The G63’s V8 engine, however, would be well capable of pouring on pace at a rate to stretch even the very best road-going chassis in the fast SUV class. It doesn’t take long at all to propel the G-Class to speeds at which it’s not entirely comfortable on testing British roads – mostly because the car’s adaptive dampers only let you choose between softer dynamic driving modes that permit a bit too much head toss and vertical body movement, or stiffer ones that deliver better outright damping but also begin to make the car’s ride feel clunky and wooden.

Choose your rate of progress judiciously, though, and the G63 offers plenty of driver reward. It’s stable enough, is sufficiently composed and can be placed accurately enough to maintain an engaging and brisk cross-country stride – and just about earn its corn as a bona-fide driver’s car. Meanwhile, flicking your way up and down the ratios of that nine-speed gearbox allows you to enjoy that V8 engine at both low revs and high, and to bask in the drama and absurdity of a car that always has much more power to dispose of than it could ever need.

Not that any of the above will matter quite as much to most G63 owners, you suspect, as the fact that this car is so much better mannered and easier to drive around town than its forebears were. The G-Class now does a very respectable impression
of a modern luxury SUV in most of the ways that matter while still looking like anything but.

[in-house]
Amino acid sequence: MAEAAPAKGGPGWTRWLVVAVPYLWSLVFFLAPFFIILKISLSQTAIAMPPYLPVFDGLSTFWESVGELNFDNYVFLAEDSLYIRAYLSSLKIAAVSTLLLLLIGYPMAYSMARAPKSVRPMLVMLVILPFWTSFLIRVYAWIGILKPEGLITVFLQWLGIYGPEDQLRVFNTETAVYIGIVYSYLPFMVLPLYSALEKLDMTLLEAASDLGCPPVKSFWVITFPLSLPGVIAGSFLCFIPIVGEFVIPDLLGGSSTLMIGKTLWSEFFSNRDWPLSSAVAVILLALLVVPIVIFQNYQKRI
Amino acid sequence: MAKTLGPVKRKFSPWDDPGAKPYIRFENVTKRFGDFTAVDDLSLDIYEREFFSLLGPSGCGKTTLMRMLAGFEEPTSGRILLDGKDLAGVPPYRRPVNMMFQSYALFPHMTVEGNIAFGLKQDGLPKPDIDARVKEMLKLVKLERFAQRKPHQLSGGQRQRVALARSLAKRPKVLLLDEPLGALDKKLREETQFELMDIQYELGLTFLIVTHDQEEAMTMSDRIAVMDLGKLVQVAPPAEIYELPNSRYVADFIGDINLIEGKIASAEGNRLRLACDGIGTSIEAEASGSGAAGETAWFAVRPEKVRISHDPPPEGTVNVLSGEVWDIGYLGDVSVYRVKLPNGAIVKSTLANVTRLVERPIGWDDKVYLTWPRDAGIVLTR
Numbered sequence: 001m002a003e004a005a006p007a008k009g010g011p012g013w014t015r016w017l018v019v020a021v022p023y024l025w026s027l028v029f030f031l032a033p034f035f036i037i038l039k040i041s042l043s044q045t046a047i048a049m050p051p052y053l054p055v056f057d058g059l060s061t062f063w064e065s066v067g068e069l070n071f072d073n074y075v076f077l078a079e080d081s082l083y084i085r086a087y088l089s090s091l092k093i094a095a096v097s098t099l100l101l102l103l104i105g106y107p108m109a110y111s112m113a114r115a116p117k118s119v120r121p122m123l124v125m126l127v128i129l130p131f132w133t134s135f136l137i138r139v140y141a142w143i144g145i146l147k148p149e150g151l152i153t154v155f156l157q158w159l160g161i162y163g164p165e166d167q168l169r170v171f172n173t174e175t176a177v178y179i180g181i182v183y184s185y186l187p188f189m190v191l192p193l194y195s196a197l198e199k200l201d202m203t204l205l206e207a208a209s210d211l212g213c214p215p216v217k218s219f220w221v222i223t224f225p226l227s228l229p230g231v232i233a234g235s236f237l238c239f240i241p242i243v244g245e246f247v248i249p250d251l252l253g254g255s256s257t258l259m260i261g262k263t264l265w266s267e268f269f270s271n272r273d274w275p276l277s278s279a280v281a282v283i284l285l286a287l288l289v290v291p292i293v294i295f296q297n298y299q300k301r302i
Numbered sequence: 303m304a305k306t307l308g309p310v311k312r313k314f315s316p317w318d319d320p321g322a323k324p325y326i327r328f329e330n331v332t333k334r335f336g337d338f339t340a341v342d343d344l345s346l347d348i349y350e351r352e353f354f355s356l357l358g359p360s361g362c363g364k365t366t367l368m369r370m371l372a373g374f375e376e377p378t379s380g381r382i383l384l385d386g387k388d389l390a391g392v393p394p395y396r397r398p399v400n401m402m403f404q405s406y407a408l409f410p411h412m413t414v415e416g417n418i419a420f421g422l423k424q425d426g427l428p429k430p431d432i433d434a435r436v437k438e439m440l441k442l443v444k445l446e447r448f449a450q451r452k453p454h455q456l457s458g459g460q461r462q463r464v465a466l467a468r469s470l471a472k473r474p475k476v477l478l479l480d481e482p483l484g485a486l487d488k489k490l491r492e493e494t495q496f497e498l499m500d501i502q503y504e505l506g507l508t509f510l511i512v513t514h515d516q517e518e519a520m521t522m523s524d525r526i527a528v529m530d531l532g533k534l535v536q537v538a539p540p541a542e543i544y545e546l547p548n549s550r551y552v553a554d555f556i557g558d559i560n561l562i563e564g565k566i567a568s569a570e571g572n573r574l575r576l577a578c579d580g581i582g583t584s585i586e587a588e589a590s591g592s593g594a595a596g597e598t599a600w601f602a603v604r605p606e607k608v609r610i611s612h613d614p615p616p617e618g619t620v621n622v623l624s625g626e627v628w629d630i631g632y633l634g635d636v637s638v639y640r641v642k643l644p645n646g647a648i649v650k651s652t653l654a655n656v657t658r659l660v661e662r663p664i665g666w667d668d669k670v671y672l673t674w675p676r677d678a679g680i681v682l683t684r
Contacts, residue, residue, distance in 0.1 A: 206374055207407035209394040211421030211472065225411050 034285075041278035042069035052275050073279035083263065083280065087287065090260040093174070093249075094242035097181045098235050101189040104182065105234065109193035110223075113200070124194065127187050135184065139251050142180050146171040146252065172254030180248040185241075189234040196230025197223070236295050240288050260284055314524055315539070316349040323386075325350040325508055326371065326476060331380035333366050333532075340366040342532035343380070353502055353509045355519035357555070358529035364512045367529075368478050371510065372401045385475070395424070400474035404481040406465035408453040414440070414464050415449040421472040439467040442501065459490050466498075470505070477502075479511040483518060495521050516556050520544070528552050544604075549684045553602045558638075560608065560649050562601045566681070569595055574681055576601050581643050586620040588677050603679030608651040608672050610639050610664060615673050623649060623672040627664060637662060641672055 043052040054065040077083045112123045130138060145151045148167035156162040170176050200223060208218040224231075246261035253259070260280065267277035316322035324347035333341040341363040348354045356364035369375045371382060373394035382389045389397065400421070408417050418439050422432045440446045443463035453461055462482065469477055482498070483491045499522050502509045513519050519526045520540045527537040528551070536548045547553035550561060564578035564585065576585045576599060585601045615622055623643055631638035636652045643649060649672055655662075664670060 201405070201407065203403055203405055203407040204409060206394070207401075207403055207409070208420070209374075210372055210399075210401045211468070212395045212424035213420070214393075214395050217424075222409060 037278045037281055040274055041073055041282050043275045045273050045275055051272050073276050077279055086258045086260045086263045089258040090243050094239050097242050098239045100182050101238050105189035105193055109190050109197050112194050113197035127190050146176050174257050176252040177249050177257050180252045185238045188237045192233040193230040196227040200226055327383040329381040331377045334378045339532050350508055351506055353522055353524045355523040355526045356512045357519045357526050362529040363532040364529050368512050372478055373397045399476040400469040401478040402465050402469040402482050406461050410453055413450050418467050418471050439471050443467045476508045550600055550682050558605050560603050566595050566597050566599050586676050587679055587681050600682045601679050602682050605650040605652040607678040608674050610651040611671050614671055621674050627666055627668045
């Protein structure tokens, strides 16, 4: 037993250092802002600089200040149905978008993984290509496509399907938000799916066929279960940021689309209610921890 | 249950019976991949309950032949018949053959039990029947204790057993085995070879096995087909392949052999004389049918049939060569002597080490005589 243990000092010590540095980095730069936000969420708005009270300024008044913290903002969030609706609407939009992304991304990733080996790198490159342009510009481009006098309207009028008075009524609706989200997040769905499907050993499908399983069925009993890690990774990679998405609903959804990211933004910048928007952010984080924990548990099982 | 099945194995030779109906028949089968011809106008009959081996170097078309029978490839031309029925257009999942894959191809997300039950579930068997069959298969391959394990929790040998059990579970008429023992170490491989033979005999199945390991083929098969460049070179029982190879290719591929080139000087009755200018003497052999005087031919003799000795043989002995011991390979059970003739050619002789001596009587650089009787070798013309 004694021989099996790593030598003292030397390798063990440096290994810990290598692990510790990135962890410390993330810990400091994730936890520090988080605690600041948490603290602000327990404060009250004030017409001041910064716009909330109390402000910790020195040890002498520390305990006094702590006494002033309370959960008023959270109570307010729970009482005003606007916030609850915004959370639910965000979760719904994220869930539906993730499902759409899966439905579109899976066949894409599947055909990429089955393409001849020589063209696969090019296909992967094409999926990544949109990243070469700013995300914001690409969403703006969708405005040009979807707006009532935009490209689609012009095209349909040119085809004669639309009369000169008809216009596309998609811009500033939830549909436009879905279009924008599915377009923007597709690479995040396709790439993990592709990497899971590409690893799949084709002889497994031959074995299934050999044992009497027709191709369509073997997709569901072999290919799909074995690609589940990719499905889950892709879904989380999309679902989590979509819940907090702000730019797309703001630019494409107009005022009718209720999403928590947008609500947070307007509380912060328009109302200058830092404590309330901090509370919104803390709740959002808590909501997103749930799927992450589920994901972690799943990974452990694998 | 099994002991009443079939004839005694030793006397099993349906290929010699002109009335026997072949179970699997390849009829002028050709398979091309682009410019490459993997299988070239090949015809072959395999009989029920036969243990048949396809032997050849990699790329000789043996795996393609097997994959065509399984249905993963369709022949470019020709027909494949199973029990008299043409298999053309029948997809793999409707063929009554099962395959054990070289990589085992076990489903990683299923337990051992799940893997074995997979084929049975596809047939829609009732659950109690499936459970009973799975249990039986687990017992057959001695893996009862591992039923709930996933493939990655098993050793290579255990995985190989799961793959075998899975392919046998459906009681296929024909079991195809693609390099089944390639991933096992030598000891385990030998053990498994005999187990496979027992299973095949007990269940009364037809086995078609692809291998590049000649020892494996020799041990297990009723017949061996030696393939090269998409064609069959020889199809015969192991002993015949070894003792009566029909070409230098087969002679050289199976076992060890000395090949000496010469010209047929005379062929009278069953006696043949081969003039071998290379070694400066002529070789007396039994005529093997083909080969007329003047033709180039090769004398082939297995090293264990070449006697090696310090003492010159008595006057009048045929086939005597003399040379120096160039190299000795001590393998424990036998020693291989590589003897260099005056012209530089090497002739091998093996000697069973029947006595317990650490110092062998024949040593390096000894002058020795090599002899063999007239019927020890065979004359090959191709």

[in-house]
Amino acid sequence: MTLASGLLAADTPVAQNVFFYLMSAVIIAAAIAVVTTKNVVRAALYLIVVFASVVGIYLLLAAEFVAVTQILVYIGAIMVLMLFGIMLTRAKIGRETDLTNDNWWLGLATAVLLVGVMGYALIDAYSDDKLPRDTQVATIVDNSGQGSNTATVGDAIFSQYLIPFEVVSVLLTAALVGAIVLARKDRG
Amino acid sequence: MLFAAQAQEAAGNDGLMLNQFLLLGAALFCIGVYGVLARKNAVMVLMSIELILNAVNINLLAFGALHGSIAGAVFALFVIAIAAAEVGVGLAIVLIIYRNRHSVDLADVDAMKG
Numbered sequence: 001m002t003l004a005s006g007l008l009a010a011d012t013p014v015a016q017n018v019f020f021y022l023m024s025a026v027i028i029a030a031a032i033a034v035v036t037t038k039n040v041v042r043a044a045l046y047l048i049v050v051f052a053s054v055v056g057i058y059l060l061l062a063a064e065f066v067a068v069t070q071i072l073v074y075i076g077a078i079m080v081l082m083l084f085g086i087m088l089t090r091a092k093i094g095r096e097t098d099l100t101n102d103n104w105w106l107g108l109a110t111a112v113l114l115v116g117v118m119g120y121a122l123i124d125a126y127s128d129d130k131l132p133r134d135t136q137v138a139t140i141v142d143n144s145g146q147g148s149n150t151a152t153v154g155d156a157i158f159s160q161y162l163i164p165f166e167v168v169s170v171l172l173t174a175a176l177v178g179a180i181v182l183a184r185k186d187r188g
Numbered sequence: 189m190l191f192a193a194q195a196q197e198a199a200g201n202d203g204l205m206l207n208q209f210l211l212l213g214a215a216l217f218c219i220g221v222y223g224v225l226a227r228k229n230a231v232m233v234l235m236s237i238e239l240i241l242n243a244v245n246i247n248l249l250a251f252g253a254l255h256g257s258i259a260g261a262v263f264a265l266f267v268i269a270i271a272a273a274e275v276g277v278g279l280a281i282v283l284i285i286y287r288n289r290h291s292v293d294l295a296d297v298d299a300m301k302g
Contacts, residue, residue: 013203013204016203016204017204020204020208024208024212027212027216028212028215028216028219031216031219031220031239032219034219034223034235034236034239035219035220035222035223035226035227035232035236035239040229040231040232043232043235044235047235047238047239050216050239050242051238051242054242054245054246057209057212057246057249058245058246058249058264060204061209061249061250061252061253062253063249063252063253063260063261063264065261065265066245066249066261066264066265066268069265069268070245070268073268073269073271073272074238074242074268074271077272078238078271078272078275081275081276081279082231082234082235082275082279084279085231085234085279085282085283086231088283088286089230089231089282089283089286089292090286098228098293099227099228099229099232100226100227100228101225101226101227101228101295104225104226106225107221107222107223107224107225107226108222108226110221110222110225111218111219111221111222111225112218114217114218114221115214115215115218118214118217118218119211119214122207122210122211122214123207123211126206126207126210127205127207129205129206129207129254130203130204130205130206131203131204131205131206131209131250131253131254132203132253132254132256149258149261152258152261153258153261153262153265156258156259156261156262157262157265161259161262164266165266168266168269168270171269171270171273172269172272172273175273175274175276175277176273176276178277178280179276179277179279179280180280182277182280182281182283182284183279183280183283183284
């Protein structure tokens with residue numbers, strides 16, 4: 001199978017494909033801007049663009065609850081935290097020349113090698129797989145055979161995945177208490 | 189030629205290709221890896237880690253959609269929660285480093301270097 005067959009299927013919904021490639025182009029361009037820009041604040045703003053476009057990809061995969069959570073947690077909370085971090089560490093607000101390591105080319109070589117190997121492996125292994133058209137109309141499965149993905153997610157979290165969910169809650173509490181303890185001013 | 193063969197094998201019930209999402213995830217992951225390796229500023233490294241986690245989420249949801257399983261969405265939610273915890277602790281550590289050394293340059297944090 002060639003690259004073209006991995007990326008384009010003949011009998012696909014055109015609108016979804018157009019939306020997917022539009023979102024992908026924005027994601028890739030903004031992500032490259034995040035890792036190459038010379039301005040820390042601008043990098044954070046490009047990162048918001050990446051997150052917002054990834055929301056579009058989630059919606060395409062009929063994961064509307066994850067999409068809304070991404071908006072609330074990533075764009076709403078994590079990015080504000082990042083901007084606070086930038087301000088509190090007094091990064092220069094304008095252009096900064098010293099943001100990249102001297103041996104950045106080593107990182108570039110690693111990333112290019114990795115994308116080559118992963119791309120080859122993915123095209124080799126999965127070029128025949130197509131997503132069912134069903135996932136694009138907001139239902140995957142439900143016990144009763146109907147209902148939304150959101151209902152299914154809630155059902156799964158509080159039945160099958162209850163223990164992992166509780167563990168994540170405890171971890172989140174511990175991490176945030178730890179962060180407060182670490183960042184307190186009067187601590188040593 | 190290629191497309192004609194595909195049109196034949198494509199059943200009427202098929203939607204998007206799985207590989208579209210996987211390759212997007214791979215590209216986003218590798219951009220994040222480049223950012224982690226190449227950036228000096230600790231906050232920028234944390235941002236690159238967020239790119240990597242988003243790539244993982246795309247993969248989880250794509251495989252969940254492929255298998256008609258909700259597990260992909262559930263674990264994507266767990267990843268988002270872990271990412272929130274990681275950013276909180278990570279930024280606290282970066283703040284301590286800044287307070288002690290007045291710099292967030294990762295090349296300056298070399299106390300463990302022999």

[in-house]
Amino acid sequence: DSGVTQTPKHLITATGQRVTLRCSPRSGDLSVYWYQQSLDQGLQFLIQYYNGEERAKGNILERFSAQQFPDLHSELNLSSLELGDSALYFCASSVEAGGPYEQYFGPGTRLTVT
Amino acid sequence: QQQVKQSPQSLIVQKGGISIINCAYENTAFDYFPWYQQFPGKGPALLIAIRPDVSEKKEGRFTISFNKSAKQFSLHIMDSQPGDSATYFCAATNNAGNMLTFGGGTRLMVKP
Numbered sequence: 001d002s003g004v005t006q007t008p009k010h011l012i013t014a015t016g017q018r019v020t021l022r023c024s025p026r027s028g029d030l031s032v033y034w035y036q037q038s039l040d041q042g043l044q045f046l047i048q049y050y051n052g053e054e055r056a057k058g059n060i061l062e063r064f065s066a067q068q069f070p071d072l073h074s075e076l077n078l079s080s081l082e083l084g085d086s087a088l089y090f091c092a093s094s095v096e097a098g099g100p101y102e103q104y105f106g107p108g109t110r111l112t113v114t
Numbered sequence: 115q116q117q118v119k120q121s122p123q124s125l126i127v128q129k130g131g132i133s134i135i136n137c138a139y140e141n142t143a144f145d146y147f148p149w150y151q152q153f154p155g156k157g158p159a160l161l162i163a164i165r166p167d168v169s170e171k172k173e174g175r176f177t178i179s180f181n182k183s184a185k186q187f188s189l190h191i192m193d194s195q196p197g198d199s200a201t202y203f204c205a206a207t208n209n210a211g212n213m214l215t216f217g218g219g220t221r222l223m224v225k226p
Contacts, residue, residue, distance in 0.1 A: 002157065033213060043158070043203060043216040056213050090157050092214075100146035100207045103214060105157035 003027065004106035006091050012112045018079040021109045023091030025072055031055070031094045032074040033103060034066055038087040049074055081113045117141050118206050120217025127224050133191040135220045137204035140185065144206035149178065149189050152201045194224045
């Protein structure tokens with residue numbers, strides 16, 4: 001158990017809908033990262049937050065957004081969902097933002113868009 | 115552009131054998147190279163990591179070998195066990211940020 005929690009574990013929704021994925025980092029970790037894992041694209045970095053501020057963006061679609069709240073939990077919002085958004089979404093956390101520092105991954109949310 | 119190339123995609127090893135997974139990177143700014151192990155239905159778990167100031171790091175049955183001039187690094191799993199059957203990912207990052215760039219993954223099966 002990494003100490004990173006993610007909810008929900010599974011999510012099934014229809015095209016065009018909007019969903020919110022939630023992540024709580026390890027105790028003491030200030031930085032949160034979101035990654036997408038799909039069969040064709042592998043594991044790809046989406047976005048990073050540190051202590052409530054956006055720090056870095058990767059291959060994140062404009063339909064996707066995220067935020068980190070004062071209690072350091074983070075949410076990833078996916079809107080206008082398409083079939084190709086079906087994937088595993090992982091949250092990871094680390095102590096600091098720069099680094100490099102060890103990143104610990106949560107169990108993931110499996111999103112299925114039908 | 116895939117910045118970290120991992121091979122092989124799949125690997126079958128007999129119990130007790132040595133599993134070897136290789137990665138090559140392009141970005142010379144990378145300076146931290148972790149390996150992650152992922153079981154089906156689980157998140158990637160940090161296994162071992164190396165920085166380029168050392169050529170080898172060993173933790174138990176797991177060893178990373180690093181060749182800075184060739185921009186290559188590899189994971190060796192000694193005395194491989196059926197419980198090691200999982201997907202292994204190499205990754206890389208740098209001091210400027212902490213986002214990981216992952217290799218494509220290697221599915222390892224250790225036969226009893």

I’m sure most G63 owners will love the idea of a car with 30-odd degrees of approach, departure and tilt angles, but surely few will put their £150k cars at risk off road to actually test them. MS



This is the first time in almost four decades that any G-Wagen has had independent front suspension. The double-wishbone configuration was designed by Mercedes-AMG, with the wishbones mounting directly onto the car’s ladder frame without a subframe, for enhanced rigidity and handling response.

The lower wishbones’ inner mounting points are positioned as high as possible in order to deliver preferable axle kinematics and improved vehicle dynamics for the G-Class both on and off road. Meanwhile, Mercedes-AMG specified a strut tower brace, which connects the front strut towers to the improvement of torsional rigidity.


Fireband AMG flavour is, for now, the sole G-Class choice. As absurd as ever but now better mannered


Price  £143,305
Engine  V8, 3982cc, twin-turbo, petrol
Power  577bhp at 6000rpm
Torque 627lb ft at 2500-3500rpm
Gearbox 9-spd automatic
Kerb weight 2485kg
0-62mph 4.5sec
Top speed 137mph
Economy 21.4mpg (combined)
CO2, tax band 299g/km, 37%
Rivals Land Rover Defender V8, Range Rover Sport SVR